Microsoft fired the starting pistol when it revealed the specs for its upcoming Xbox Series X, and then Sony made a break for it and revealed the PS5 specs in the same week. Now that we’ve got the specs for both next-gen consoles laid out bare for all to see, the console wars have started anew, but now the warriors are fighting for a console they’ve not even touched yet, and in the case of PS5, a console they’ve not even seen. It’s silly, isn’t it?
With the specs now out in the open, fans have been comparing which is more powerful and speculating which console will host the more impressive games. It feels a lot like the months before the Xbox One and PS4 release, doesn’t it? The debates online, at work, at school, and not to mention the number lists and listing each platform holder’s first-party studio, like football fans comparing their teams’ best performing players.
The PS5 has a weaker GPU and CPU, but it has a monster storage solution that developers are going nuts for. The Xbox Series X has an impressive combination of GPU power and CPU speed, and internal tests on current-gen games are proving promising for backwards compatibility. It’s all very exciting and for me, these consoles can’t come soon enough.
But please, don’t sit and bite your nails at the thought of your console brand being left behind, no matter which camp you fall into. Remember when the PS4 and Xbox One specs were compared and the PS4 had a clear advantage? Look at the games releasing today – they are, for the most part, comparable experiences. 99% of the games released are playable on both Sony and Microsoft’s machines, and that won’t change with the PS5 and Xbox Series X. Third-party developers have to develop their games for the broadest possible audience, which means that Game X will on PS5 will be just as good on Xbox Series X. That’s not “laziness” from developers, that’s just good business sense, and you can bet your cheeks no version of any game will be given an extraordinary amount more money and time than the other.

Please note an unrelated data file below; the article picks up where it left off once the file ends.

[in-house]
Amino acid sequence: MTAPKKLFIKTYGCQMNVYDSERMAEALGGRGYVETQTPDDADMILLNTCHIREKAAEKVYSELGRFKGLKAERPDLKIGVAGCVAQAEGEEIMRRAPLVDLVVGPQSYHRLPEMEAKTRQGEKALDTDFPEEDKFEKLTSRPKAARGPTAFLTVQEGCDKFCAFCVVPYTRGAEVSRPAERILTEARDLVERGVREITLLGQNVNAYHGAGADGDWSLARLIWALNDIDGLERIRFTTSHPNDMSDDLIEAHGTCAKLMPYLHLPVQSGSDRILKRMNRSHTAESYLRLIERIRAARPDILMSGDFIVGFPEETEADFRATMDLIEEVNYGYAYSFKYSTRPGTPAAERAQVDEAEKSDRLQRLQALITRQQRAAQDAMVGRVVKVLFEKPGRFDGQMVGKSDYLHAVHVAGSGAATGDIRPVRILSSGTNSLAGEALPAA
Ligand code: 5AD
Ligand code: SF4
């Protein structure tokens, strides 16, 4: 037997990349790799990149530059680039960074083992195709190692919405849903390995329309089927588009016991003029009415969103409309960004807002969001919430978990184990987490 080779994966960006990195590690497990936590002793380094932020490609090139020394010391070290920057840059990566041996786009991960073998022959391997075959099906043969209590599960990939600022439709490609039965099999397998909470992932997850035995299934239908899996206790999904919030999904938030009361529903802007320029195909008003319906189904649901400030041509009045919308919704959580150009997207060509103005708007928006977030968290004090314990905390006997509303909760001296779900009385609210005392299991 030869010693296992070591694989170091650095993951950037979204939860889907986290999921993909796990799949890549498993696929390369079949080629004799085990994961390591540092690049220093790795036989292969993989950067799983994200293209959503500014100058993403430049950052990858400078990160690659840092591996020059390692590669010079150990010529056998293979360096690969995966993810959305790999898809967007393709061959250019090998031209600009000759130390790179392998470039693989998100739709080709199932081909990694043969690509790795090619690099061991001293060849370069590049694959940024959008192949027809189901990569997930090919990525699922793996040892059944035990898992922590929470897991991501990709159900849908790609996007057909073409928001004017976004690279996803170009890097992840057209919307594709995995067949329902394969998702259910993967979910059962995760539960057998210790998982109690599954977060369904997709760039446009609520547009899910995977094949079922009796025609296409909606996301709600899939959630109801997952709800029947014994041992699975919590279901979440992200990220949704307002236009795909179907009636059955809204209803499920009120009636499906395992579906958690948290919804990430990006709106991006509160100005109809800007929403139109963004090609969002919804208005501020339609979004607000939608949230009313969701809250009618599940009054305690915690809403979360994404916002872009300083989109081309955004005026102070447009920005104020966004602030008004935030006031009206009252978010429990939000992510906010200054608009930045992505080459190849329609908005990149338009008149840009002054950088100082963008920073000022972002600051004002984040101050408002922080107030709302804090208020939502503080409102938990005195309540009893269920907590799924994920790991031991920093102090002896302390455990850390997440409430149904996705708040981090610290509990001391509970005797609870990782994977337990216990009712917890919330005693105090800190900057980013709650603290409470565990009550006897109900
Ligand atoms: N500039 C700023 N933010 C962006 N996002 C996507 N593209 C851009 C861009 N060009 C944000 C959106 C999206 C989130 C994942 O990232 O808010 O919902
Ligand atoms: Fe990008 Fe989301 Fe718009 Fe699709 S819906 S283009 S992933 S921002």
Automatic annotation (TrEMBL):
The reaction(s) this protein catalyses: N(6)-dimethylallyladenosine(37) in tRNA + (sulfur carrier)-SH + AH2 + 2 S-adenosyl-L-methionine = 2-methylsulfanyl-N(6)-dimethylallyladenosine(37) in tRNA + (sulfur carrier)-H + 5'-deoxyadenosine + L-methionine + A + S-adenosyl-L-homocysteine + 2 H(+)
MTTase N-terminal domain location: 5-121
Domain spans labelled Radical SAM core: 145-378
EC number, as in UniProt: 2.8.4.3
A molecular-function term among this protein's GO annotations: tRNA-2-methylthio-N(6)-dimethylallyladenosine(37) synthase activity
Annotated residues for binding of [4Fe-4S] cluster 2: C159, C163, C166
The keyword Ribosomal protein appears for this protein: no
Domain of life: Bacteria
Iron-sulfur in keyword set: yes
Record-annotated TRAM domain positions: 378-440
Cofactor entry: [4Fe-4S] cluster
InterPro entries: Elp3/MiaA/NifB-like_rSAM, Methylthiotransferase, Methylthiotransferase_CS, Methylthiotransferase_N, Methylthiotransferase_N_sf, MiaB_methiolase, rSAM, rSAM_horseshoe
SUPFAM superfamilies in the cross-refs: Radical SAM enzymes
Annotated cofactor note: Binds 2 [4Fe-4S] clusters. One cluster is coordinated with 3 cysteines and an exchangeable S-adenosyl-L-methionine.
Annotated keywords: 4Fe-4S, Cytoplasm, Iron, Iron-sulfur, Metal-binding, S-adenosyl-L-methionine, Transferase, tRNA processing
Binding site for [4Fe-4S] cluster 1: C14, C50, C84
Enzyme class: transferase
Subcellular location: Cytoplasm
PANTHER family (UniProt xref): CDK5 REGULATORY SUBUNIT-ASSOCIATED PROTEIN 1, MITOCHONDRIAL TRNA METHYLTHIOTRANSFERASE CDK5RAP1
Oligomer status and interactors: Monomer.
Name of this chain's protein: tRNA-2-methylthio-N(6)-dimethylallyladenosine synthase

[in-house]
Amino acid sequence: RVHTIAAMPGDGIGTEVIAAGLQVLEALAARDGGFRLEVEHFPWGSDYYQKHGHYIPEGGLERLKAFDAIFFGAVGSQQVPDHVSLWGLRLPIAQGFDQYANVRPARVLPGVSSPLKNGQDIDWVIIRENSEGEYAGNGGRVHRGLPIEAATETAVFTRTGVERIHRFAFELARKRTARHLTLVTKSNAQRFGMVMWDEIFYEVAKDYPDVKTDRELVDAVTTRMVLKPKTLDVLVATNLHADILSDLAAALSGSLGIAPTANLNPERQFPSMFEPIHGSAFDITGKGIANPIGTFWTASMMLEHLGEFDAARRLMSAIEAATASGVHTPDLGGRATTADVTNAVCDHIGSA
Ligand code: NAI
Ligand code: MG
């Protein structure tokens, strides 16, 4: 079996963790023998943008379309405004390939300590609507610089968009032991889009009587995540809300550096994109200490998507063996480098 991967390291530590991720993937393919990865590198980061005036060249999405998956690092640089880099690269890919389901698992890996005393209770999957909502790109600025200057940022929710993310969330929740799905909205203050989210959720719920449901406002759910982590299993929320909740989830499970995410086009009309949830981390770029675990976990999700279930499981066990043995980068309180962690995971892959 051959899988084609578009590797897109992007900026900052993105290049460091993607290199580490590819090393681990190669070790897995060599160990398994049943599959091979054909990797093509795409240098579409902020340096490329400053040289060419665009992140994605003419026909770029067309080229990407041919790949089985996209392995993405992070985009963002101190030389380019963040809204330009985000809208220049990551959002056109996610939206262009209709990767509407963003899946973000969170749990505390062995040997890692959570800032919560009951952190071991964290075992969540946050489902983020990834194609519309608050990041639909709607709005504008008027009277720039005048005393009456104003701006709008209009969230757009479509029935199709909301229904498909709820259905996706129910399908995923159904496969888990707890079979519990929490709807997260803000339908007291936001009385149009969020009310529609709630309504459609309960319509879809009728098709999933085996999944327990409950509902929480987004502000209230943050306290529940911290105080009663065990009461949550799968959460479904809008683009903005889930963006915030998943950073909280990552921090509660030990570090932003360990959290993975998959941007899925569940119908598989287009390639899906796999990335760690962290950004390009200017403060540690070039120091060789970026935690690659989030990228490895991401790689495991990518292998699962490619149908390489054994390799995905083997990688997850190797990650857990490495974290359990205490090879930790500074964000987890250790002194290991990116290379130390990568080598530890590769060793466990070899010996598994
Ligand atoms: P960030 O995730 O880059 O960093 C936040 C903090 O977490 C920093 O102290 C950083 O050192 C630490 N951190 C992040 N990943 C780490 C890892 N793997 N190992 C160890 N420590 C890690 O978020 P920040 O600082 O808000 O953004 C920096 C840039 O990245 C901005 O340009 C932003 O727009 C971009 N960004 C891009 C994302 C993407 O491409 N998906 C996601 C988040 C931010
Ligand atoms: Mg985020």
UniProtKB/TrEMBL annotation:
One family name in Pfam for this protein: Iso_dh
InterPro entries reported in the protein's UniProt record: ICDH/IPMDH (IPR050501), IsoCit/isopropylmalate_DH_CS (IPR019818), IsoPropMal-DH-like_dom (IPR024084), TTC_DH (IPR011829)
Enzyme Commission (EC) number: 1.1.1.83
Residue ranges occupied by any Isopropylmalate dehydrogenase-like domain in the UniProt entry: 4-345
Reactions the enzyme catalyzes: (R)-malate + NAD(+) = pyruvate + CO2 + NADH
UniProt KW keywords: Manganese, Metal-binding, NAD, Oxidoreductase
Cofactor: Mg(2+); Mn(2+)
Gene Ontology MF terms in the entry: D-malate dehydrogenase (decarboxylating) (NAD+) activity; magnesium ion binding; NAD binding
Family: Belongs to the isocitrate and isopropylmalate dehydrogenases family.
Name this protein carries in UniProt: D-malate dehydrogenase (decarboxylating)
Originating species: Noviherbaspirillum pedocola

Game Y, though, will be a different story, because Game Y is a first-party exclusive. Sony and Microsoft will be developing games specifically made for their consoles, and you can bet your bottom PSN card that they’ll be exemplary showcases of graphical fidelity and immersive worlds. Each will have extra resources allocated to their first-party games with first-party studios that are working to the specs of just one machine. Third-party games, on the other hand, are catering to the lowest denominator; that fancy SSD in the PS5 won’t always be put to the best use, and those extra clock speeds on the Xbox Series X won’t always be hitting their peak usage.
- Read More: Guide: What is PS5 Boost Mode? And What Does it Mean for PS5/PS4 Backwards Compatibility?
So be calm. Yes, the PS5 may not have numbers that match the Xbox Series X, but it doesn’t matter. Games will look and play great on next-gen machines, and 99% of them will be close enough that you wouldn’t be able to tell the difference. It’s your first-party games that will be the ones to showcase the strengths of each machine.
Now, how many bellyflops can these things do?